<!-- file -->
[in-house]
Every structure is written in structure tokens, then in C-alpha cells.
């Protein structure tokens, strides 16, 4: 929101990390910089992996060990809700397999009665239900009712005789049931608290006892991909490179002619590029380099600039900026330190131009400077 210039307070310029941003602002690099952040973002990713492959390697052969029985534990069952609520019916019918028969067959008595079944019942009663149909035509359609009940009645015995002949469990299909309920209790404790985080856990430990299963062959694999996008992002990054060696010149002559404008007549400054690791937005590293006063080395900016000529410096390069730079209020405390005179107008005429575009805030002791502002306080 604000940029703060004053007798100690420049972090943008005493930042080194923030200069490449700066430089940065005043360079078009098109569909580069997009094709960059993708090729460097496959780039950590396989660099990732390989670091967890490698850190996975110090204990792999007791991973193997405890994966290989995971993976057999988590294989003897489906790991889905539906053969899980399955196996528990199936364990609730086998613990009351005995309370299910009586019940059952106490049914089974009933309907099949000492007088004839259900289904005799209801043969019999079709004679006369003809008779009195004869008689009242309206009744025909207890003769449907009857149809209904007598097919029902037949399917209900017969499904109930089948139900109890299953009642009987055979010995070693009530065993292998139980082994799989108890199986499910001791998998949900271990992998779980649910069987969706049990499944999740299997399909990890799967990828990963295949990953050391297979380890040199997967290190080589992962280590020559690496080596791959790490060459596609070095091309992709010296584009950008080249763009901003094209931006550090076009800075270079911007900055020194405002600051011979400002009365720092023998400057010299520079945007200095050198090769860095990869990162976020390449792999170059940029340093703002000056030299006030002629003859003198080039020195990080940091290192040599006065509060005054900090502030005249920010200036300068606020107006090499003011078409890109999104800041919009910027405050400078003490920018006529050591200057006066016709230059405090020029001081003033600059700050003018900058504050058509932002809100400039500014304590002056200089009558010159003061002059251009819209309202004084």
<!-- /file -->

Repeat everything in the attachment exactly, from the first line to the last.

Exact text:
[in-house]
Every structure is written in structure tokens, then in C-alpha cells.
């Protein structure tokens, strides 16, 4: 929101990390910089992996060990809700397999009665239900009712005789049931608290006892991909490179002619590029380099600039900026330190131009400077 210039307070310029941003602002690099952040973002990713492959390697052969029985534990069952609520019916019918028969067959008595079944019942009663149909035509359609009940009645015995002949469990299909309920209790404790985080856990430990299963062959694999996008992002990054060696010149002559404008007549400054690791937005590293006063080395900016000529410096390069730079209020405390005179107008005429575009805030002791502002306080 604000940029703060004053007798100690420049972090943008005493930042080194923030200069490449700066430089940065005043360079078009098109569909580069997009094709960059993708090729460097496959780039950590396989660099990732390989670091967890490698850190996975110090204990792999007791991973193997405890994966290989995971993976057999988590294989003897489906790991889905539906053969899980399955196996528990199936364990609730086998613990009351005995309370299910009586019940059952106490049914089974009933309907099949000492007088004839259900289904005799209801043969019999079709004679006369003809008779009195004869008689009242309206009744025909207890003769449907009857149809209904007598097919029902037949399917209900017969499904109930089948139900109890299953009642009987055979010995070693009530065993292998139980082994799989108890199986499910001791998998949900271990992998779980649910069987969706049990499944999740299997399909990890799967990828990963295949990953050391297979380890040199997967290190080589992962280590020559690496080596791959790490060459596609070095091309992709010296584009950008080249763009901003094209931006550090076009800075270079911007900055020194405002600051011979400002009365720092023998400057010299520079945007200095050198090769860095990869990162976020390449792999170059940029340093703002000056030299006030002629003859003198080039020195990080940091290192040599006065509060005054900090502030005249920010200036300068606020107006090499003011078409890109999104800041919009910027405050400078003490920018006529050591200057006066016709230059405090020029001081003033600059700050003018900058504050058509932002809100400039500014304590002056200089009558010159003061002059251009819209309202004084």